Over the years, what keeps on impressing me in particular is Frye's pithy and uncompromising position on the centrality of biblical education. In his view, biblical literacy is essential to literature education because the Bible "is a book that has had a continuously fertilizing influence on English literature" (xvi). While the sensitive topic of religious faith often flusters and frustrates believers and non-believers alike, Frye could, I believe, educate others in biblical literature without violating the humane educator's mandate to honour the sanctity (to use a religious metaphor) of each individual. It's the Canadian way, isn't it? Robert Fulford, for another, praises Frye's "way of examining the Bible without formality or piety, an approach students enjoyed and admired." In striving to give his students and readers a well-trained imagination, Frye was determined to impart understanding of biblical metaphors. For example, in 1963, with shrewd hilarity Frye nails the arrogance of literalism: "Religious language is so full of metaphors of ascent, like 'lift up your hearts,' and so full of traditional associations with the sky, that Mr. Krushchev still thinks he's made quite a point when he tells us that his astronauts can't find any trace of God in outer space" (Educated 54). (2)
Literalism stops being humorous when it is used to confuse and exploit and so threaten free speech. And Frye insisted that in order to have a social and moral order that honoured free speech we have to train the imagination through the study of language and literature (56-68). To do that, biblical education is essential. Without it, we continuously misconstrue implications and even the meaning of English literature (Great Code xii). Fulford puts it this way: "The DNA of the Bible dictates the mental and emotional structures in which we live; not to know about the Bible is not to know how we came to where we are."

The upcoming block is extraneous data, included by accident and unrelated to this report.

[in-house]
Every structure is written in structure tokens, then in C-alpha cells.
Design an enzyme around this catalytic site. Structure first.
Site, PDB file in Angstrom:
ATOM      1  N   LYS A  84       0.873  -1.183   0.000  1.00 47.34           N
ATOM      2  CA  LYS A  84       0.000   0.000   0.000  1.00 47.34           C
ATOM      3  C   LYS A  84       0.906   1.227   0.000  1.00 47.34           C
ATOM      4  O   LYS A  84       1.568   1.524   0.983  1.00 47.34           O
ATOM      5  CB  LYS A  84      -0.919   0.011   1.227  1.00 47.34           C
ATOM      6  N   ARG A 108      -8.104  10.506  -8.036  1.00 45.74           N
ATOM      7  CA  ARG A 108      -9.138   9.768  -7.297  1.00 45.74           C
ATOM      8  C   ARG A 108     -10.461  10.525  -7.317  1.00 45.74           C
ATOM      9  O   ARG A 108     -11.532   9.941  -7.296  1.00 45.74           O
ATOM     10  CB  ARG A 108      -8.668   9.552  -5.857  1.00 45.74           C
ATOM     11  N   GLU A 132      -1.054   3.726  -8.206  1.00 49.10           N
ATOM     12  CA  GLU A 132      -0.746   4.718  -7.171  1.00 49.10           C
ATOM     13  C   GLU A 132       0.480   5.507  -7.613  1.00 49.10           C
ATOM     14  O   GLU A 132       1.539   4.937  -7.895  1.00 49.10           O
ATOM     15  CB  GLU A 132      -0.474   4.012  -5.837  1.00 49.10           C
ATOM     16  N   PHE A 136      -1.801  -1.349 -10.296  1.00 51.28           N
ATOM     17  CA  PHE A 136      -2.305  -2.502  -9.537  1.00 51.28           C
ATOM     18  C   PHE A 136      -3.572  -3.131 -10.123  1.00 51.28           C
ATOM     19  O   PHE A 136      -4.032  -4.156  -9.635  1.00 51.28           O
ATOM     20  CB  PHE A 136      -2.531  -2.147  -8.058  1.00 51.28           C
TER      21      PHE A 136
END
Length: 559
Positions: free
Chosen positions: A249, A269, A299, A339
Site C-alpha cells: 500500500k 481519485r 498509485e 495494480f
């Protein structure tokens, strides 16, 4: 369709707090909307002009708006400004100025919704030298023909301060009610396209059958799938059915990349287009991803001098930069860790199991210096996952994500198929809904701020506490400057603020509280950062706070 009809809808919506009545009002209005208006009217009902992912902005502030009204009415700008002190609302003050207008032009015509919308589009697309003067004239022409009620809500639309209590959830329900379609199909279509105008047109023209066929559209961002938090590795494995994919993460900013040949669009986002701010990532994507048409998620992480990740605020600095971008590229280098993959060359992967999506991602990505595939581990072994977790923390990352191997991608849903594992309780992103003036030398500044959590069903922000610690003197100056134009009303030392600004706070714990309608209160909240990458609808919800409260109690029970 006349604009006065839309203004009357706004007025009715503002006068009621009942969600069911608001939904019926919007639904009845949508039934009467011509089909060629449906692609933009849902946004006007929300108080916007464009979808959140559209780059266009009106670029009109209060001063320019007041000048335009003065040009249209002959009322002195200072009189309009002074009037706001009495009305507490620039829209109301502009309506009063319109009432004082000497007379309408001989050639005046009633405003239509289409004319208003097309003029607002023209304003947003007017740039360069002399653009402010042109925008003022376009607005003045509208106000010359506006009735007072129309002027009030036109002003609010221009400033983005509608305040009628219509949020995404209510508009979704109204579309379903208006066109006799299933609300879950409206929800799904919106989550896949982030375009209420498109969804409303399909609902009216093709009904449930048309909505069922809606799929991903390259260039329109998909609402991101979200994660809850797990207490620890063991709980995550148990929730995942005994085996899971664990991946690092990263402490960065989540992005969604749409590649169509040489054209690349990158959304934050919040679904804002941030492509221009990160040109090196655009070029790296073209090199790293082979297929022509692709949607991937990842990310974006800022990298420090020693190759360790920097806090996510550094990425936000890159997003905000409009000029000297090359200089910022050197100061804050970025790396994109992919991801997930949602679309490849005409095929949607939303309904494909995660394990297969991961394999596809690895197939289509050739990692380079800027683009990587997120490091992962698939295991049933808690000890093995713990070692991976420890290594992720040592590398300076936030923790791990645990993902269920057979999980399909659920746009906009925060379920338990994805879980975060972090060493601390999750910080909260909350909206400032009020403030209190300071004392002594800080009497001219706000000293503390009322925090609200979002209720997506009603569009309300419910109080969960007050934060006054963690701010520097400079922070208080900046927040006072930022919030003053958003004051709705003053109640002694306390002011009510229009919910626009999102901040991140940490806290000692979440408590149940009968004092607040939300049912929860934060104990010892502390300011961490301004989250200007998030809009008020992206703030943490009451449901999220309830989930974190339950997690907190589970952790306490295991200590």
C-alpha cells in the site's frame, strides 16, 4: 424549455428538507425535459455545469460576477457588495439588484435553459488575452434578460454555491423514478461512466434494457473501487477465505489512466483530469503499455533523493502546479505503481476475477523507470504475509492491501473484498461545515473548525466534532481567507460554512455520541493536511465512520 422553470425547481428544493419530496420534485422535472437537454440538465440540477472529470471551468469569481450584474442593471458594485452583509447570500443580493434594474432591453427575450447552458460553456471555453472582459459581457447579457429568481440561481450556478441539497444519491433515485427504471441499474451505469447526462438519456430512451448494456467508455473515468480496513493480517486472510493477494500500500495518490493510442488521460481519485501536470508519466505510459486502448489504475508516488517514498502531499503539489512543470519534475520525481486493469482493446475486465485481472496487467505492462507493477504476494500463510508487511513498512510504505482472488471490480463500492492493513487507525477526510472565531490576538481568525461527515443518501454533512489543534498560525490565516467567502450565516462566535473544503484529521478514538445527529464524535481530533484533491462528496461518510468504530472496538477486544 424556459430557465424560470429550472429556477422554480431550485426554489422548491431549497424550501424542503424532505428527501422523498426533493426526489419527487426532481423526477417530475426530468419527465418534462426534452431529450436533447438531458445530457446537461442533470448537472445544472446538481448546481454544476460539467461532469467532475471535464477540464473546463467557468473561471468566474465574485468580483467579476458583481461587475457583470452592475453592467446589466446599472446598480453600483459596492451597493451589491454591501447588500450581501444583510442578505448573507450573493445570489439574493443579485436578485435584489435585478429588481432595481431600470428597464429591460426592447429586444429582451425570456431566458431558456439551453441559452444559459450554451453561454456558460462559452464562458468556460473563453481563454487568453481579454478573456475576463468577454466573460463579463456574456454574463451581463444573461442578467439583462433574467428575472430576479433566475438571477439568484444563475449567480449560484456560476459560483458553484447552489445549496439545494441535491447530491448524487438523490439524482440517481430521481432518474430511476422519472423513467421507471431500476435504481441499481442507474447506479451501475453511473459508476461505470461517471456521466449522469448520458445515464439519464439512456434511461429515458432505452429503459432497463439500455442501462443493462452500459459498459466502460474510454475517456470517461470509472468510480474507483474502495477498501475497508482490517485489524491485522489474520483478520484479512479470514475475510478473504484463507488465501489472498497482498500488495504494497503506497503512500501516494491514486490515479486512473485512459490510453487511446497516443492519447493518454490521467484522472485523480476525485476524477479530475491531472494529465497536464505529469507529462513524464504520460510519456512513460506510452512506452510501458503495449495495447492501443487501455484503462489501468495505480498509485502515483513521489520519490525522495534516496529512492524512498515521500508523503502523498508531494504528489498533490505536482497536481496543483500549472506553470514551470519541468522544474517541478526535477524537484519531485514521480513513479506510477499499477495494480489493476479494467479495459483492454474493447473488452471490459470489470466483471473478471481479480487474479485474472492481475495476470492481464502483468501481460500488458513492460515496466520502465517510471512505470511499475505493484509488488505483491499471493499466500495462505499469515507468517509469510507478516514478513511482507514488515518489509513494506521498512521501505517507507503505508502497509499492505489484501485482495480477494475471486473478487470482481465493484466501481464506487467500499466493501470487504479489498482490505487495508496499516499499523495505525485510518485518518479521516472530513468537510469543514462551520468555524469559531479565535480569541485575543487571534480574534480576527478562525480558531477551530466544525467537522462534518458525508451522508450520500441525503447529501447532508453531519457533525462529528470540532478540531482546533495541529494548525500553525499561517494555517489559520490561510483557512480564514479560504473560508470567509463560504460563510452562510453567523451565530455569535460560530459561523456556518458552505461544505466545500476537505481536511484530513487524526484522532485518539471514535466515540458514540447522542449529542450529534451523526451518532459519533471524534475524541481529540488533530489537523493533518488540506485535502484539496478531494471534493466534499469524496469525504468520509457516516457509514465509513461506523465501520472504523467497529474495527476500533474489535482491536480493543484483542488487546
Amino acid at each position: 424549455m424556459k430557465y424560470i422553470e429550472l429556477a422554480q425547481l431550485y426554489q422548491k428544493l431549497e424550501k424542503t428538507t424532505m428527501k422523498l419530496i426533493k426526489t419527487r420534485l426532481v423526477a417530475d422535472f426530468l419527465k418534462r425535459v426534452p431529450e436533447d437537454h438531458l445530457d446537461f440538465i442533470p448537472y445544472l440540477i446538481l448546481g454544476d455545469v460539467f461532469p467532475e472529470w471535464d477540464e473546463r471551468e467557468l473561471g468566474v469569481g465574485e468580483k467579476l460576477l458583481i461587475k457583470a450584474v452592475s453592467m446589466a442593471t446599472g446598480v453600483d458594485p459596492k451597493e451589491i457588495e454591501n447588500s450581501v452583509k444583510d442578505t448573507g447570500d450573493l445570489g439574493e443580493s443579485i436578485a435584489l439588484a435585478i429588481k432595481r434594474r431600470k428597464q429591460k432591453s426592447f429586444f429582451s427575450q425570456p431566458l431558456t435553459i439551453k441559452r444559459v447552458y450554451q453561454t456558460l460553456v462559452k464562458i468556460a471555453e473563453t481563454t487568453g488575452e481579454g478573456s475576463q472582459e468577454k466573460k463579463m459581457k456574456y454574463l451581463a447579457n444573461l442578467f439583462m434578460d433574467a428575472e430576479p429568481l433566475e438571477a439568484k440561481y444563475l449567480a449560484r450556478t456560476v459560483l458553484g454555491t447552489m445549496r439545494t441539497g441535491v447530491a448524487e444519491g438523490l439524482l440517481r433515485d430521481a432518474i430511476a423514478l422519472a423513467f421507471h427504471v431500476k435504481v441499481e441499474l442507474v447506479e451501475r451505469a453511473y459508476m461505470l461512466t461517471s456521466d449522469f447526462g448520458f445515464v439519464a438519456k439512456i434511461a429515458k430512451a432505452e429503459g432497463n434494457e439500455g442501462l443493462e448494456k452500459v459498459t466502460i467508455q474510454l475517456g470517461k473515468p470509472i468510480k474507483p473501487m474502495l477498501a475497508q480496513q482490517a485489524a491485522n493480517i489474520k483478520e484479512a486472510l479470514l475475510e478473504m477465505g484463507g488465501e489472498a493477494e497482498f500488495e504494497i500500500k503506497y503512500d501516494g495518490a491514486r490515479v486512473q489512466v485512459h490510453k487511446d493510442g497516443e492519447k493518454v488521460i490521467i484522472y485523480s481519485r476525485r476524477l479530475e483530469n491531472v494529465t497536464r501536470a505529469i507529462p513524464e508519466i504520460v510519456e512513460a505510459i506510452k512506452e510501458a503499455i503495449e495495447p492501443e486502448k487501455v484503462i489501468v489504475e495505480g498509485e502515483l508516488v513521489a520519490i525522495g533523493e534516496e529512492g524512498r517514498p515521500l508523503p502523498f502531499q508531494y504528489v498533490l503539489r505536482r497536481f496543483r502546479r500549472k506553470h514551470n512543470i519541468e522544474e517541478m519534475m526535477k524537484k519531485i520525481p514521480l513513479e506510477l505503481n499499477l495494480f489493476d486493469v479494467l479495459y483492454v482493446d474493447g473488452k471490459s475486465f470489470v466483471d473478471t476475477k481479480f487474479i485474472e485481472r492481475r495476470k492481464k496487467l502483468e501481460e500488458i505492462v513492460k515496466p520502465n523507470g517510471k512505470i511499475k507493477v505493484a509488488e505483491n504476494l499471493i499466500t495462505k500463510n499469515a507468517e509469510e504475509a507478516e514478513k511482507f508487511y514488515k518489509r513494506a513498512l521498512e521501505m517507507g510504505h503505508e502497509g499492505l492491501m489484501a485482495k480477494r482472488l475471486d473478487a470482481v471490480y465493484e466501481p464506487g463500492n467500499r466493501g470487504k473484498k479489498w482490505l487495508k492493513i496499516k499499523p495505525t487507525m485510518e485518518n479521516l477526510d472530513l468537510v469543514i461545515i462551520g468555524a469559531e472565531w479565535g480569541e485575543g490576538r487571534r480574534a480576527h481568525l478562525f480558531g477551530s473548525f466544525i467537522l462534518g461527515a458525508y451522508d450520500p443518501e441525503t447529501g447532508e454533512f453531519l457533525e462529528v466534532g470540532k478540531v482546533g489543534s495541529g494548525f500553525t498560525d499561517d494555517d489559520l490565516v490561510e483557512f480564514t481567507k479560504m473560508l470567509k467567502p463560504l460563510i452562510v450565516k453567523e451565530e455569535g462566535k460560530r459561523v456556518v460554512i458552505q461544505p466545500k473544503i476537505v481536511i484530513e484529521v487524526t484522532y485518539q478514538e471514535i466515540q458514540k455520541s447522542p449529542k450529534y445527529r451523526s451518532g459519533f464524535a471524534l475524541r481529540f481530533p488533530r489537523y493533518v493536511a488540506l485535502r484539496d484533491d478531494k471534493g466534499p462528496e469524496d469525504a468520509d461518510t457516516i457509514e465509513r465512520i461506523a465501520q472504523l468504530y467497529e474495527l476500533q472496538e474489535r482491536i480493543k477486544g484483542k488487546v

English professors may rush in where others fear to breathe. We surely have occasion to explain biblical allusion over and over again. In my experience, I have known Christian and non-Christian students' eyes to roll up into their whites and pause there for an impressive spell at the mention of biblical motifs. On one occasion, a student insisted she had tuned out on the assigned reading of "The Prodigal Son" because of her familiarity with the parables. Only after lively class discussion on questions of cultural expectations, voice, birth order, subtexts, the ethical pattern, and Frederick Buechner's idea of the gospel as a joke (and "blessed is he who gets the joke") (69-70), did she say she now realized for the first time that the parable was a story. "Oh I thought. Anxiety distorts language. (3) And then I ventured to breathe again.